The start of the decade has been dominated by the disruption caused by COVID-19. The pandemic has impacted our everyday lives, from work to socialising, going on holidays and shopping. In line with the government’s guidelines to practice social distancing, we’ve seen a sharp increase in the number of remote workers worldwide.
This has unveiled a range of issues that some SMEs may not have considered in the past. For example, how to maintain staff well-being while working remotely? Do staff have the relevant IT equipment and if so, do they know how to be cybersafe? If you consider that, when working from home, each employee presents a new vector for attack against their company’s network, it is crucial that businesses get this right.
In a traditional office environment, employees work within the security parameters that the organisation provides. At home, employees don’t have this luxury. Using a shared network environment can open the door to several potentially unprotected connections, significantly increasing the chance of a breach. Home Wi-Fi networks are notoriously insecure, often using factory-standard or basic passwords that can be easily hacked.
As businesses try to maintain productivity in these exceptional circumstances, cyber criminals are exploiting these weaknesses. In the shift from the office to working from home, SMEs may find that their cyber security protocol may no longer be fit for purpose as they struggle to deal with the influx of remote connections or cope with several dispersed endpoints. In fact, according to Action Fraud, March saw a 400% global increase in cyber-attacks as cyber criminals seek to take advantage of this challenging time. The need for increased awareness and implementation of cyber security has therefore, never been more pertinent.
A layered approach is the best approach
Using a Virtual Private Network (VPN) is a simple yet highly efficient solution to keep cyber-attacks at bay. It is engineered to hide the IP (Internet Protocol) address, therefore creating a safe and encrypted connection over a less secure network. This first layer of defence prevents hackers from accessing private data, such as passwords, although a VPN alone is not enough to protect networks. Combining this with Endpoint Detection and Response (EDR) software, builds the layers of protection. EDR works by installing an agent which continually monitors the network events on an end-user’s device. If a threat is identified, it is quarantined and analysed to either investigate and identify a past incident or use the data to look for similar threats.
Re-educating the workforce
Incorporating the correct cyber security protocols provides SMEs with some level of reassurance and protection against an attack although, this is only one side of the battle. Before the COVID-19 crisis, over half of cyber-attacks in the UK involved phishing. In fact, last year almost 80% of businesses were subjected to phishing attacks and this is only set to rise when you add remote working into the mix.
Phishing attacks are usually delivered by email. Relying on ignorance and misinformation, they are deviously designed to appear to come from a trusted source, for example a bank or a colleague, with the aim of duping the intended victim into revealing log-in credentials, credit card details or other sensitive information to defraud or deposit malicious software onto endpoints. These are simple to construct, allowing potential fraudsters to cast a wide net, attacking thousands at the click of a button. Although this has become particularly prevalent following lockdown, the good news is that re-training staff on cyber best practice can significantly reduce the risk to businesses.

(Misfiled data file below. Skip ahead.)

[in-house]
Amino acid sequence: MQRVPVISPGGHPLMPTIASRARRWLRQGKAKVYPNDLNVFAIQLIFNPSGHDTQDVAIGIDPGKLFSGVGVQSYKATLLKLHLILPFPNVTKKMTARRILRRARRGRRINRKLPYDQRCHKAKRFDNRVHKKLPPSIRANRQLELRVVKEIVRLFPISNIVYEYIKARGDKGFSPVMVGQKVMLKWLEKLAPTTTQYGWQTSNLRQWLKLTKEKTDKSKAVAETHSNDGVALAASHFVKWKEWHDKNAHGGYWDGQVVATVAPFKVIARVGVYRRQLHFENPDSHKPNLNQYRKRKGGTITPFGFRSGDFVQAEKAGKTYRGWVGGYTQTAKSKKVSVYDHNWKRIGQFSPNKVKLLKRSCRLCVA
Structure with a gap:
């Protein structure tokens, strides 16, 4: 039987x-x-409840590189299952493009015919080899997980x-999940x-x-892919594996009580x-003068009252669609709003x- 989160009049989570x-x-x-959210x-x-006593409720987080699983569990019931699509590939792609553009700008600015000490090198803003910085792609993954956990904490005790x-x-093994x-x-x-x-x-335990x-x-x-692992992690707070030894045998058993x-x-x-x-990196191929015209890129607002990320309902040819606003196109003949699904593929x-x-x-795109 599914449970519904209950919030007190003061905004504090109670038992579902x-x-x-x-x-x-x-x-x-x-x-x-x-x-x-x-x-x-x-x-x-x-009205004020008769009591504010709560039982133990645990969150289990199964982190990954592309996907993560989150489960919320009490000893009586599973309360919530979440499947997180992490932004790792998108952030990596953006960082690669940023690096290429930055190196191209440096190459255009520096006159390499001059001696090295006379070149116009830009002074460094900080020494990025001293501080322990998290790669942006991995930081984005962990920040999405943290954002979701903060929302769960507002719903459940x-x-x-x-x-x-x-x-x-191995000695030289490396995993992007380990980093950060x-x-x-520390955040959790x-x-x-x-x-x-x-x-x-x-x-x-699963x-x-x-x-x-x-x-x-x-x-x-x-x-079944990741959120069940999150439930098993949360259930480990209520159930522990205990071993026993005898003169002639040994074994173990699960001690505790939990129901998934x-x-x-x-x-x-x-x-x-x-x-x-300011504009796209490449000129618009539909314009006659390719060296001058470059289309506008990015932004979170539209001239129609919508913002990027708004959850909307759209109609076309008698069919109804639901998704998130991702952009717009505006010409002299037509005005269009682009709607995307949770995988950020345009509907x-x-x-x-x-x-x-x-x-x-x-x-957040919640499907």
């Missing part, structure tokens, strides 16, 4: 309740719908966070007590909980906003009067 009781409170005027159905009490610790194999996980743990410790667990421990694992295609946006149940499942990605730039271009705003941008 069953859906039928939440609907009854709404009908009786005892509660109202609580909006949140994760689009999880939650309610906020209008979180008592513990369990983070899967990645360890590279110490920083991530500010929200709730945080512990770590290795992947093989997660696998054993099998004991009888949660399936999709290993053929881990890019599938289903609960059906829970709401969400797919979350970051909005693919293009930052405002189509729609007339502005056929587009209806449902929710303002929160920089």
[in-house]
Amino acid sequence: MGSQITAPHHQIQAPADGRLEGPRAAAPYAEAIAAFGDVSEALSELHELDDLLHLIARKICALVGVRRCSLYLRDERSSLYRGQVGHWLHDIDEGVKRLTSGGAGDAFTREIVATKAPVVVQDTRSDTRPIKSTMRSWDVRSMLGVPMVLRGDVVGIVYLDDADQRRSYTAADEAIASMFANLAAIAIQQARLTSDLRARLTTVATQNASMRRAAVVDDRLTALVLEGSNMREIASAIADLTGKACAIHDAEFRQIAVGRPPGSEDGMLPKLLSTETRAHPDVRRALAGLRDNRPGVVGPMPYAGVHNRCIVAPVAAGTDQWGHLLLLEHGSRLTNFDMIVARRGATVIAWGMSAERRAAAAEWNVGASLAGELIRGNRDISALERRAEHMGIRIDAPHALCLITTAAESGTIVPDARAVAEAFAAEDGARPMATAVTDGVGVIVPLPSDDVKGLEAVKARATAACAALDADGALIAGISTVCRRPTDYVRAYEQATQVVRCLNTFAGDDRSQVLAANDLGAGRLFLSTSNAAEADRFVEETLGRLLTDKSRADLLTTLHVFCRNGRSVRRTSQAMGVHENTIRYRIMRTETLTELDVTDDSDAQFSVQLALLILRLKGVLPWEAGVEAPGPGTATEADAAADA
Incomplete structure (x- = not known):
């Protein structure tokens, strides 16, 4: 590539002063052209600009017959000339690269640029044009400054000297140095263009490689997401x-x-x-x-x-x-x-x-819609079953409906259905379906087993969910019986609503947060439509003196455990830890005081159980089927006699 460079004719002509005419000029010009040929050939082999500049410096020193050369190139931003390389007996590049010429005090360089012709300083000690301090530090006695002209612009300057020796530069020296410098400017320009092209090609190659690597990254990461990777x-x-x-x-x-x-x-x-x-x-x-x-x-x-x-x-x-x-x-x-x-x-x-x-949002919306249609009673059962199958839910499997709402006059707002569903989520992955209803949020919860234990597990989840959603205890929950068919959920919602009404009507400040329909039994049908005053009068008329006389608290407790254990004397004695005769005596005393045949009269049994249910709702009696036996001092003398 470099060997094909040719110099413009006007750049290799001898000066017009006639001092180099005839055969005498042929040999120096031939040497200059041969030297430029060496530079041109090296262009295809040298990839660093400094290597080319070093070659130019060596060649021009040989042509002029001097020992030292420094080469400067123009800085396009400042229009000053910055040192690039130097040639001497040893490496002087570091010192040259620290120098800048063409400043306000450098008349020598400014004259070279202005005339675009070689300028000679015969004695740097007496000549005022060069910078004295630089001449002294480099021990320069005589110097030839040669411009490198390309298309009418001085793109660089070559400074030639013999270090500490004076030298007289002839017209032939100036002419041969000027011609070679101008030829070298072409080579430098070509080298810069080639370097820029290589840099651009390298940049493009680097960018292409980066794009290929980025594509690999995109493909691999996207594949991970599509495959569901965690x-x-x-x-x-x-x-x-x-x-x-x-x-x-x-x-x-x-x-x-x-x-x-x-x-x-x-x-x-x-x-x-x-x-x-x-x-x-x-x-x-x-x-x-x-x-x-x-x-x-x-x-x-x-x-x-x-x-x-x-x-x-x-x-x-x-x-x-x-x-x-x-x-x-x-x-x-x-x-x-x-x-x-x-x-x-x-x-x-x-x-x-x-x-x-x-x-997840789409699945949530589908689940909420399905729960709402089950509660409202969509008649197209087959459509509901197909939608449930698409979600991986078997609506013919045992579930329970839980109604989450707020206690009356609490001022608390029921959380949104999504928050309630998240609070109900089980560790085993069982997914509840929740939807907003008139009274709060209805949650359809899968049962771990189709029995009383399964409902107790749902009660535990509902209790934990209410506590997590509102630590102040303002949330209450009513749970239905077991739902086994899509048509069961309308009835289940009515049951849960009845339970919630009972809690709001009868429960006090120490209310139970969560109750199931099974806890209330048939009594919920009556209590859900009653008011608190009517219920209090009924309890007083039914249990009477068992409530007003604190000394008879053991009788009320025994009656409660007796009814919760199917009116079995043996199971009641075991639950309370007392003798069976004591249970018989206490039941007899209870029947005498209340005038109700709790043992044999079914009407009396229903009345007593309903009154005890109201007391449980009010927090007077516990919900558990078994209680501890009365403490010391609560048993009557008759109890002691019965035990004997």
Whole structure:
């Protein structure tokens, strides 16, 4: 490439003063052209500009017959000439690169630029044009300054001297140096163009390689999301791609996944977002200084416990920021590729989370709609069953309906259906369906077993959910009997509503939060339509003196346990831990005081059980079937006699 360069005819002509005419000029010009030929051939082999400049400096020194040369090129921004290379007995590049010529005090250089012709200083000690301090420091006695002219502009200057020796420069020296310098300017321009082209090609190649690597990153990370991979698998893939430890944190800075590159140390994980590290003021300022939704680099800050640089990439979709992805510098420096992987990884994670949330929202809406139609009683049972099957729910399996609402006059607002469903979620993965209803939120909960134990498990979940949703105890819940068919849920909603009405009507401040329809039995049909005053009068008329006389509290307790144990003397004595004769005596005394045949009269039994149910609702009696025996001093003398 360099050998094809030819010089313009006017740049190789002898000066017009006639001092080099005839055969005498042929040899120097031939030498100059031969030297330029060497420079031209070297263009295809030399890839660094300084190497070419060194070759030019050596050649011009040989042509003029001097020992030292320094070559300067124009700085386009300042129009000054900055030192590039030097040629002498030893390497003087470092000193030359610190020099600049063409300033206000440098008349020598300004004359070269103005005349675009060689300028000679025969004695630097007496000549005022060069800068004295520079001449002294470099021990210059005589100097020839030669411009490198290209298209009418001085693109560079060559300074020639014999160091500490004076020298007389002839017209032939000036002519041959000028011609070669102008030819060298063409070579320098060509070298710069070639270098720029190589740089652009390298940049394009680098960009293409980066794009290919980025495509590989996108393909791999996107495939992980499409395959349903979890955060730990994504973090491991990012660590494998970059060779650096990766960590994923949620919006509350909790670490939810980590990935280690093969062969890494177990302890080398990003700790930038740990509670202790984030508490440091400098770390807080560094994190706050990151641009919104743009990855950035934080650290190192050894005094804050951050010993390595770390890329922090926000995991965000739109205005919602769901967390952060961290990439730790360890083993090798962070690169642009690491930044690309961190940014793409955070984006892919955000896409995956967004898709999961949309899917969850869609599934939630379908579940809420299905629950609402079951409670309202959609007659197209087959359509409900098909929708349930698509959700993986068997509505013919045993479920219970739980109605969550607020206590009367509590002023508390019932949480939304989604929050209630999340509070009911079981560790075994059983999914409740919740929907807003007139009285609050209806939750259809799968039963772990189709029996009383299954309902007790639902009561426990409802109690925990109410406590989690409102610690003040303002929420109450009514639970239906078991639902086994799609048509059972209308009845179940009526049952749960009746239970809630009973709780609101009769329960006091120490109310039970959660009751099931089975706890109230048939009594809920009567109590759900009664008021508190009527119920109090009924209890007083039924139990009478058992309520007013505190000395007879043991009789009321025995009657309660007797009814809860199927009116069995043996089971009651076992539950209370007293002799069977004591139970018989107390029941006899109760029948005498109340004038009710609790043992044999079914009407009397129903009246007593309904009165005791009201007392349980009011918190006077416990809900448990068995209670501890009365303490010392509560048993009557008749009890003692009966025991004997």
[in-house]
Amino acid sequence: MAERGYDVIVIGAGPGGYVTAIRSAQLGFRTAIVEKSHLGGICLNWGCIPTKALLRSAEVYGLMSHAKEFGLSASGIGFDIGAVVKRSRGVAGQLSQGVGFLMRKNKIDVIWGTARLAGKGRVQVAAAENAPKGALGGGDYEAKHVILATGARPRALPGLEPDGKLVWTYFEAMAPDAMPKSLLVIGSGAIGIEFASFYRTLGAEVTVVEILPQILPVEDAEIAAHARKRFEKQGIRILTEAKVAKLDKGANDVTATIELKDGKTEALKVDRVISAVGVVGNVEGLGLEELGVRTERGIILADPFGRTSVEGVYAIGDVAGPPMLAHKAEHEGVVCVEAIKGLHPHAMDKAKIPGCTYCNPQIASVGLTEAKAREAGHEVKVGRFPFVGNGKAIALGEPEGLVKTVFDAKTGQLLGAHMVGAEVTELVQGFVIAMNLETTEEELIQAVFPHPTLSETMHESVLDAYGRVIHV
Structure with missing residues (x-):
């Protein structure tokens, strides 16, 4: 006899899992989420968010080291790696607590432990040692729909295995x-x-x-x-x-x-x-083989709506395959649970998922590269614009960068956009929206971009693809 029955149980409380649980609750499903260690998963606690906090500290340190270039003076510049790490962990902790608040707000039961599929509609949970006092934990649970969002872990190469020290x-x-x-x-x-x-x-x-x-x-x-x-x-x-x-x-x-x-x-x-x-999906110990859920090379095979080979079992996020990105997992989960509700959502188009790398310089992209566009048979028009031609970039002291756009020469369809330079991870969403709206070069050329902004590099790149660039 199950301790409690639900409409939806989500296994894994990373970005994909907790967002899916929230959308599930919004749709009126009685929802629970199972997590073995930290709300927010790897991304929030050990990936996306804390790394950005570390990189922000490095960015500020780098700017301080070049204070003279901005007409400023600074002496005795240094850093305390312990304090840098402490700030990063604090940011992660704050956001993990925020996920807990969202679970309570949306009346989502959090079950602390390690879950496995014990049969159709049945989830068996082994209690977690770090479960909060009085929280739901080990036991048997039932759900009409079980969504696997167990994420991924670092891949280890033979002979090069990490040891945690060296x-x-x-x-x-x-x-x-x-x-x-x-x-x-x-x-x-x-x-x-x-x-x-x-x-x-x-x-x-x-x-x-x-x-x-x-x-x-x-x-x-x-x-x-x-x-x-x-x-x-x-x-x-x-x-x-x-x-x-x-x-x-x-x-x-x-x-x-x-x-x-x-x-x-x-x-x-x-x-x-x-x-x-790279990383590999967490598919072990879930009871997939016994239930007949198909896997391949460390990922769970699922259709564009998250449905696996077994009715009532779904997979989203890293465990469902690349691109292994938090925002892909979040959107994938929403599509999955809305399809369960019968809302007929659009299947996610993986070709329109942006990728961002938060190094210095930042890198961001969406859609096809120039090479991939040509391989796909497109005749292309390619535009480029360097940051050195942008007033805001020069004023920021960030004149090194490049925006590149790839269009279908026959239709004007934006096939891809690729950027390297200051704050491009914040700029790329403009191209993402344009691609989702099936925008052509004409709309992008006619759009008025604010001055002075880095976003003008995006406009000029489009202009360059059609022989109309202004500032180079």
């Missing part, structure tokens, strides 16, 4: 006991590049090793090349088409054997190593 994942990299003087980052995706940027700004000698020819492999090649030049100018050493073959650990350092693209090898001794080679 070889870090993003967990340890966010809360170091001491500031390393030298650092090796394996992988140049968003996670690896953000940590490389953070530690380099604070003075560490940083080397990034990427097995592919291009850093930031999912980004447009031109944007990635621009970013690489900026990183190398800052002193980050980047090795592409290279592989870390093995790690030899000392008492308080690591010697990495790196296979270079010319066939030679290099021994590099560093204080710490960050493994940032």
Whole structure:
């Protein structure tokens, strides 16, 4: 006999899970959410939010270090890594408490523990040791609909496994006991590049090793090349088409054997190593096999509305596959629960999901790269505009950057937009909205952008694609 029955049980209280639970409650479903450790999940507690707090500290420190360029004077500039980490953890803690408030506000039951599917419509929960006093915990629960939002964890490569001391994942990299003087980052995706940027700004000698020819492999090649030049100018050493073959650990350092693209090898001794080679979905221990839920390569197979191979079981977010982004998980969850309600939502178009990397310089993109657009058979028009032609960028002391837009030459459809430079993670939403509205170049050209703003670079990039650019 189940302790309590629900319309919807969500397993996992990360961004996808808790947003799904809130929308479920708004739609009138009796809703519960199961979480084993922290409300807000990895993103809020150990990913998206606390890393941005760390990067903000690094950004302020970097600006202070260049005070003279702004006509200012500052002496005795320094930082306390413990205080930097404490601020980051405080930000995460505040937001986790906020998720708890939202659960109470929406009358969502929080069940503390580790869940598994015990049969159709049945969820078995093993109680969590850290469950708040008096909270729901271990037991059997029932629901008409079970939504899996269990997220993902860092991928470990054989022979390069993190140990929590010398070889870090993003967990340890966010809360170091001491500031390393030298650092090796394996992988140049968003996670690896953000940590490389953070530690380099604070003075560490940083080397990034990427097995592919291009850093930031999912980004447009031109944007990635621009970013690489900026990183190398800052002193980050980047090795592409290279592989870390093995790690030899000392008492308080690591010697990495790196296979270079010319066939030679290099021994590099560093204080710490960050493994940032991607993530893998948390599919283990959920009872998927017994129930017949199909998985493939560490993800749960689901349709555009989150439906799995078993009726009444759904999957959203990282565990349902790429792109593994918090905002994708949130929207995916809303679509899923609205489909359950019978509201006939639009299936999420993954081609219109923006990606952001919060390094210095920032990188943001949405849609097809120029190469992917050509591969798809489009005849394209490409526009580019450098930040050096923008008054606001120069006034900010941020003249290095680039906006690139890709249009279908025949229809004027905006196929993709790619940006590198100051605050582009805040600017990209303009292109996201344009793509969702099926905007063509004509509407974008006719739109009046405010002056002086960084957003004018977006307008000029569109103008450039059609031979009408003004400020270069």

It is concerning then that a recent Make UK survey found that one in three businesses do not provide formal cyber security training for their employees. This is compacted by almost 50% of the same organisations lacking a means to track the performance of their cyber security infrastructure. These statistics reveal a common issue within the wider business world; cyber security is simply not regarded as a Board-level responsibility.
From the top down
Modern businesses are reliant on digital infrastructure for an array of tasks. This includes, financial transactions, online communications, general operations and many more. As a result, it’s vital that cyber security is prioritised and owned by the Board of Directors. Should a business operation be disrupted by a cyber-attack, it is the senior management and the Board that would be held to account. Therefore, it’s crucial that cyber security is part of everyday operations, with regular check-ups and reports. The importance of this is such that the UK’s National Cyber Security Centre offer advice through its Board Toolkit, encouraging the Board and technical experts to come together and discuss cyber security.
Beyond this, regular training can ensure that employees are suitably informed and aware of cyber risks, empowering them to provide the first line of defence against attackers. This can reduce the rate of successful attacks by over 60%. This layered approach of internal training and cyber security solutions can help ensure that a company’s cyber security approach is fully capable of addressing and resolving cyber threats.
The move to home working has raised concerns about our digital health. Cyber criminals are taking advantage of these uncertain times to exploit network vulnerabilities caused by inadequate remote working security procedures. During this time of heightened risk, businesses of all sizes need to take the steps outlined in this article to ensure they have a cyber security system which is both robust and comprehensive. By doing this, they can safeguard against one of the greatest threats during the lockdown period.